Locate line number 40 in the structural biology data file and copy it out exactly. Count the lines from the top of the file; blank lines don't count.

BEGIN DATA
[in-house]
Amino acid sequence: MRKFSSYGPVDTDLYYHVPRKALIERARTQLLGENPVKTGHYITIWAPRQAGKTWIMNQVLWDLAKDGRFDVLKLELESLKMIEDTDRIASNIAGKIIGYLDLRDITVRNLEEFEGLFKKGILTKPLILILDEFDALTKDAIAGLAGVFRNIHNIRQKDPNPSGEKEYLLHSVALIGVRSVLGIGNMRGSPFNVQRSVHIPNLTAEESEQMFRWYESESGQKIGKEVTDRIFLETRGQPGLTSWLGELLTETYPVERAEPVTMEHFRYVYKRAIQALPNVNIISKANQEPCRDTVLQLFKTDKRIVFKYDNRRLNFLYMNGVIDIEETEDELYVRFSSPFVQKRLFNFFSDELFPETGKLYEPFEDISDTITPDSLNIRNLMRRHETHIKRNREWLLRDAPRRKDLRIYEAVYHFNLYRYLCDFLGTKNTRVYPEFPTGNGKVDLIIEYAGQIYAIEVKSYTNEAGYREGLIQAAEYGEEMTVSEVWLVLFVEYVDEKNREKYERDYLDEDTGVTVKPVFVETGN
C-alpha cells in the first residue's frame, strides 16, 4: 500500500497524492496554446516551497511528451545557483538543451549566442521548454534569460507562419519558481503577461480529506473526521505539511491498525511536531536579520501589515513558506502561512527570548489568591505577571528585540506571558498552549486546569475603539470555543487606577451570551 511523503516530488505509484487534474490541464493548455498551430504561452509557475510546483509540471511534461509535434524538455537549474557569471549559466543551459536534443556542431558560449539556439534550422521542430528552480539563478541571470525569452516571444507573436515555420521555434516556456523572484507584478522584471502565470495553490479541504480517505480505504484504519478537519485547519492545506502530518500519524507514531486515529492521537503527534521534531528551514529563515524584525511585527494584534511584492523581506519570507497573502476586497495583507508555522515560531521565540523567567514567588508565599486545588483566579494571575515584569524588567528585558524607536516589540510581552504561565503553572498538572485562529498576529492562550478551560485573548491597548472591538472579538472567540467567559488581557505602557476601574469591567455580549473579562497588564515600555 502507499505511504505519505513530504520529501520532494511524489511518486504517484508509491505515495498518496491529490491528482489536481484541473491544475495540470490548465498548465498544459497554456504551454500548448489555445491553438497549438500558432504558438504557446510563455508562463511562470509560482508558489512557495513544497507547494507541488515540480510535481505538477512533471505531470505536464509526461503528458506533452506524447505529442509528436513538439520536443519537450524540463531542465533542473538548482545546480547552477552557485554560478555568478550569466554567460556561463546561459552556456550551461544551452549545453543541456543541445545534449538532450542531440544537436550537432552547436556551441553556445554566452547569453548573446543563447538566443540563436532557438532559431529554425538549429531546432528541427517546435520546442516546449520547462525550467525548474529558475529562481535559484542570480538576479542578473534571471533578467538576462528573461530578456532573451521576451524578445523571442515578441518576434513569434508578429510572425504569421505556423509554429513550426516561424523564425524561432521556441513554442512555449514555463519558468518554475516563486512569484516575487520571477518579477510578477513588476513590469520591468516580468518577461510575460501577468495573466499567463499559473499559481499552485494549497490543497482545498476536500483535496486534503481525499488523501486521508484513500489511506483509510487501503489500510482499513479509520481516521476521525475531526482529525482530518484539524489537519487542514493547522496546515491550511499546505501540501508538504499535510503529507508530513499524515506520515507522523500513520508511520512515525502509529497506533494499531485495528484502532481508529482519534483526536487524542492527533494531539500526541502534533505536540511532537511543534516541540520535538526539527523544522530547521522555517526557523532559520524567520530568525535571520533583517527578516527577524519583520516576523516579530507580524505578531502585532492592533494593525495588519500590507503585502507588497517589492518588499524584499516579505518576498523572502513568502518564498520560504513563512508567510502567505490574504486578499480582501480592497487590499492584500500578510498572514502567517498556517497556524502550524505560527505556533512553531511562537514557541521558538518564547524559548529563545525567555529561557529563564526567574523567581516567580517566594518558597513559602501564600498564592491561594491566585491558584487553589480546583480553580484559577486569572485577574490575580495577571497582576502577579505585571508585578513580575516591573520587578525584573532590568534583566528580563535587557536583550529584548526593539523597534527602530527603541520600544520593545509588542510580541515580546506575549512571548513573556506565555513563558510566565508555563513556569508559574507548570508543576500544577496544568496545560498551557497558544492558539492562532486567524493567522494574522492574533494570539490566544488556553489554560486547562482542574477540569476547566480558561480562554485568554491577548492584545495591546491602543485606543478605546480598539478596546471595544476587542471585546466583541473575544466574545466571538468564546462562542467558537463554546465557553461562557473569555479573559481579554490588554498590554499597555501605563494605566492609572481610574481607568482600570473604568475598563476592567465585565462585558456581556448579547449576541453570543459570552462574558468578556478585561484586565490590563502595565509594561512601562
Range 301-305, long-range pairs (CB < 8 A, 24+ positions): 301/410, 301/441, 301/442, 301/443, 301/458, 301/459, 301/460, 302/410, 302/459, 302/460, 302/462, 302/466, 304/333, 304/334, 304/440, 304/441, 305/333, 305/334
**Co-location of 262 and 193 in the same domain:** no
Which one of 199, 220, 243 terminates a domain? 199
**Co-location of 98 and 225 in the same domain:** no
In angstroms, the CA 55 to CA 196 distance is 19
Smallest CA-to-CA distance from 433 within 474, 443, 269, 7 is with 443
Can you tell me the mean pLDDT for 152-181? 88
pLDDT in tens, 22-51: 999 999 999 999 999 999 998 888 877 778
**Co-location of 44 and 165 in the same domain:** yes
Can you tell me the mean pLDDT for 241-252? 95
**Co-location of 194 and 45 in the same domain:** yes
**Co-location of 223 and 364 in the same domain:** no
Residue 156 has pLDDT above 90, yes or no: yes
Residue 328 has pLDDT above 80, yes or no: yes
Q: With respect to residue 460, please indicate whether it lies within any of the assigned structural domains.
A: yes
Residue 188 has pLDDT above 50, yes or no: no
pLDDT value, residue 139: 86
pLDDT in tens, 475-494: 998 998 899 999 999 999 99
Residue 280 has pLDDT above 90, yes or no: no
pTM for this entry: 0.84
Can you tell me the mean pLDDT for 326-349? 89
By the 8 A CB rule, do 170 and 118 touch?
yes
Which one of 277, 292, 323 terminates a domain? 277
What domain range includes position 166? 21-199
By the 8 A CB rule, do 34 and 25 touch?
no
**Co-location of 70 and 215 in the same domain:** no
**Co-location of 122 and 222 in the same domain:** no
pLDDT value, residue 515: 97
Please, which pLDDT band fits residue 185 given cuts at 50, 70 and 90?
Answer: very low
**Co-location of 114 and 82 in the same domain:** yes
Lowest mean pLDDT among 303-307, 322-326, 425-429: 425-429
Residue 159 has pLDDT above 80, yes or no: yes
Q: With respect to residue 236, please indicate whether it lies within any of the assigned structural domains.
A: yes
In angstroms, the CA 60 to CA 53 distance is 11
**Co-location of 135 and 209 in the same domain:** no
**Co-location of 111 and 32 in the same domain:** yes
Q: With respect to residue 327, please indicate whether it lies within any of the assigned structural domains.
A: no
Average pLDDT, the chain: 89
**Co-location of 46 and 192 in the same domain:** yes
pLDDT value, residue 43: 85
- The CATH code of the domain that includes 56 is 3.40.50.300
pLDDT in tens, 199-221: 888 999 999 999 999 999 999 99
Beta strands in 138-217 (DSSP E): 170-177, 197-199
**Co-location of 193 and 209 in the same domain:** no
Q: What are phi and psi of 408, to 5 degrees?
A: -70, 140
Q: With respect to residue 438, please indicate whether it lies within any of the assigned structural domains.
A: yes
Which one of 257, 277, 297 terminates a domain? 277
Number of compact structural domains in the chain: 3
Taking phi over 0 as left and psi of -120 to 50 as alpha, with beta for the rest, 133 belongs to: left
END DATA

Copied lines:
Q: With respect to residue 236, please indicate whether it lies within any of the assigned structural domains.